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Ayiti by Roxane Gay
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Ayiti (2011)

by Roxane Gay

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200892,957 (3.97)3
Clever and haunting by turns, Ayiti explores the Haitian diaspora experience. A married couple seeking boat passage to America prepares to leave their homeland. A mother takes a foreign soldier into her home as a boarder, and into her bed. And a woman conceives a daughter on the bank of a river while fleeing a horrific massacre, a daughter who later moves to America for a new life but is perpetually haunted by the mysterious scent of blood. Wise, fanciful, and daring, Ayiti is the book that put Roxane Gay on the map and now, with two previously uncollected stories, confirms her singular vision.… (more)

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Showing 1-5 of 8 (next | show all)
A book of short stories in which the author- an American of Haitian descent- considers many different aspects of those who left the country...and those who remain.The new life in the States, the stereotypes of voodoo and poverty that many attribute to them, recollections of violence. Some are just a page or two long, which for me rendered them kind of forgettable, despite their literary merit.
The strongest was surely "In the Manner of Water and Light" with its moving account of the genocide at Massacre River (covered by Edwidge Danticat in 'The Farrming of Bones.) ( )
  starbox | Oct 14, 2019 |
This is a collection of short stories about Haitian women, in Haiti and in the US. It's read by the author, who has a wonderful voice--in both senses.

The background and experience behind these stories is unfamiliar to me and therefore sometimes confusing. Yet the more I listened, the more grounded I felt and more open to enjoying the next story. These are stories of life in a country and setting very different from my own, and stories of an immigrant experience both like and unlike my grandparents' immigrant experience in the first part of the 20th century. They're stories very well-told, and they drew me in.

I had no real idea what I would be getting when I picked it from Audible's "two free Audible Originals" offerings for May, but I'm glad I did.

General advice: Don't be afraid to try something from a different background. You might get a nice surprise, and you might expand the world of fiction that doesn't seem too foreign to your experience to be likely sources of enjoyment. This isn't the first time I've gotten one of those nice surprises.

Recommended. ( )
  LisCarey | Jun 11, 2019 |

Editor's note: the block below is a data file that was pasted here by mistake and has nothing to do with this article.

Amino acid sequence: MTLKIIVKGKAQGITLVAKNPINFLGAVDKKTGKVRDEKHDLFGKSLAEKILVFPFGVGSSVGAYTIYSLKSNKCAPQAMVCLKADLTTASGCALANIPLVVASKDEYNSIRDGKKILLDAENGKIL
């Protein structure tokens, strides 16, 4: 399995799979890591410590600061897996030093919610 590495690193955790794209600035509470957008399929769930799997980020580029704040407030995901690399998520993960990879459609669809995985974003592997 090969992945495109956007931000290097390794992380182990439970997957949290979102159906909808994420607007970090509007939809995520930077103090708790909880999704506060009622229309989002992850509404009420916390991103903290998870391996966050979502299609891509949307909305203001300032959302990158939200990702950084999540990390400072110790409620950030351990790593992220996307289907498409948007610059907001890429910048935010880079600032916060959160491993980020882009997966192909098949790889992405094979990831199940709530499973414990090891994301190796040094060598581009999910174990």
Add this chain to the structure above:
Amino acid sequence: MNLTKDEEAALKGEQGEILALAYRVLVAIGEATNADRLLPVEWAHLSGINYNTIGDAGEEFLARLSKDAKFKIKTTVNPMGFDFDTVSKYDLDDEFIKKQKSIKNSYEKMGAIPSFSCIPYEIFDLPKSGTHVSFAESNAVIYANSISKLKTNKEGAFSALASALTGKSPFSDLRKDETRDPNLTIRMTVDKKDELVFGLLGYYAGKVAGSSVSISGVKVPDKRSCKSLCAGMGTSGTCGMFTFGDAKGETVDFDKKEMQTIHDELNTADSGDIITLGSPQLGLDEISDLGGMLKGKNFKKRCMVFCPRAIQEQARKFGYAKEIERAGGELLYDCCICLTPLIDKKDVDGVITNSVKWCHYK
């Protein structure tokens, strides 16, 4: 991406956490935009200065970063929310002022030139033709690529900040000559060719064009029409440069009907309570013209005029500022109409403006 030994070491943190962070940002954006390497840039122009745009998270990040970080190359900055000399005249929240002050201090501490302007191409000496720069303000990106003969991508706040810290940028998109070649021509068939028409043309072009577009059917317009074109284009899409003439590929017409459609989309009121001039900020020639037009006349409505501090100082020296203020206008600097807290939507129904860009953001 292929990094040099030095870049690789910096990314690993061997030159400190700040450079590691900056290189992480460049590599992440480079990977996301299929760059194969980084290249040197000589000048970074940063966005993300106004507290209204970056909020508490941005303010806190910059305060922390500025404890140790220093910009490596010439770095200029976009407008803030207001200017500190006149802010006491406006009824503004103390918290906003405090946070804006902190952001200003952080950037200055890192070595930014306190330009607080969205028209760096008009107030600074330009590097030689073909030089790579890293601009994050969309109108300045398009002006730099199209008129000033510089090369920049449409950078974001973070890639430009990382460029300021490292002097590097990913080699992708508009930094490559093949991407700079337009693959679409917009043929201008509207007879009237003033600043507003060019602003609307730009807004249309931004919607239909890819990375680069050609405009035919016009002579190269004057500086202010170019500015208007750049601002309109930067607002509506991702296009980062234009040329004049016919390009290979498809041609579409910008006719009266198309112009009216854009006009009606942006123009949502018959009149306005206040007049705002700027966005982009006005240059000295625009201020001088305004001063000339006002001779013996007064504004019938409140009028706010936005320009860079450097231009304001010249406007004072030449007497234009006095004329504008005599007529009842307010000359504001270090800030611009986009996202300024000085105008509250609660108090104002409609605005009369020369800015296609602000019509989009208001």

15 - 2 + 2 = 15
Review of the Audible Audio edition of the 2018 reissue of the Ayiti (2011) original

This was a great variety of short-short stories and some extended tales which all dealt with aspects of the Haitian diaspora (Ayiti being Haitian Creole for Haiti). Some have humorous turns, others are tales of trauma, tales of love and desire and the importance and love of family.

I listened to the Audiobook edition which does require some careful attention as the short short stories sometimes go by in only a few minutes. Another disadvantage to the audio version is not having any references to explain the differences from the 2011 original small press edition.

As best as I could find, of the original 15 stories (listed at a library site here (this may not be a permanent link source). 2 of them were deleted in this 2018 version and 2 new stories were added making for 15 as the new total again.

So the table of contents is now:
1. Motherfuckers
2. About my father's accent
3. Voodoo child
4. There is no "E" in zombi, which means there can be no you or we
5. NEW Sweet on the Tongue
x DELETED Things I know about fairy tales
x DELETED You never know how the waters ran so cruel so deep
6. Cheap, fast, filling
7. In the manner of water or light
8. Lacrimosa
9. The harder they come
10. All things being relative
11. Gracias, Nicaragua y lo sentimos
12. The dirt we do not eat
13. What you need to know about a Haitian woman
14. NEW Of Ghosts and Shadows
15. A cool dry place.

The new stories Sweet on the Tongue and Of Ghosts and Shadows were among my favourites so these were definitely terrific additions. Roxane Gay's own narration was excellent. ( )
  alanteder | Jun 7, 2019 |
Wow!

Powerful. Haunting. Amazing. Haitian-American is not my experience, but I feel through the author's words--hearing them in her own voice figuratively and literally--I got a taste of what it is to live the Haitian-American experience. While I'll never truly know, this collection of short stories makes me wish I could. I wish we could all just immerse ourselves into other cultures so that we could learn from them and appreciate them and our own more.

I loved every minute of these stories and only wish there were more. ( )
  Virago77 | May 27, 2019 |
5
  IlsaK | Jan 27, 2019 |
Showing 1-5 of 8 (next | show all)
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For my mother and father.
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Gerard spends his days thinking about the many reasons he hates America that include but are not limited to the people, the weather, especially the cold, and having to drive everywhere and having to go to school every day.
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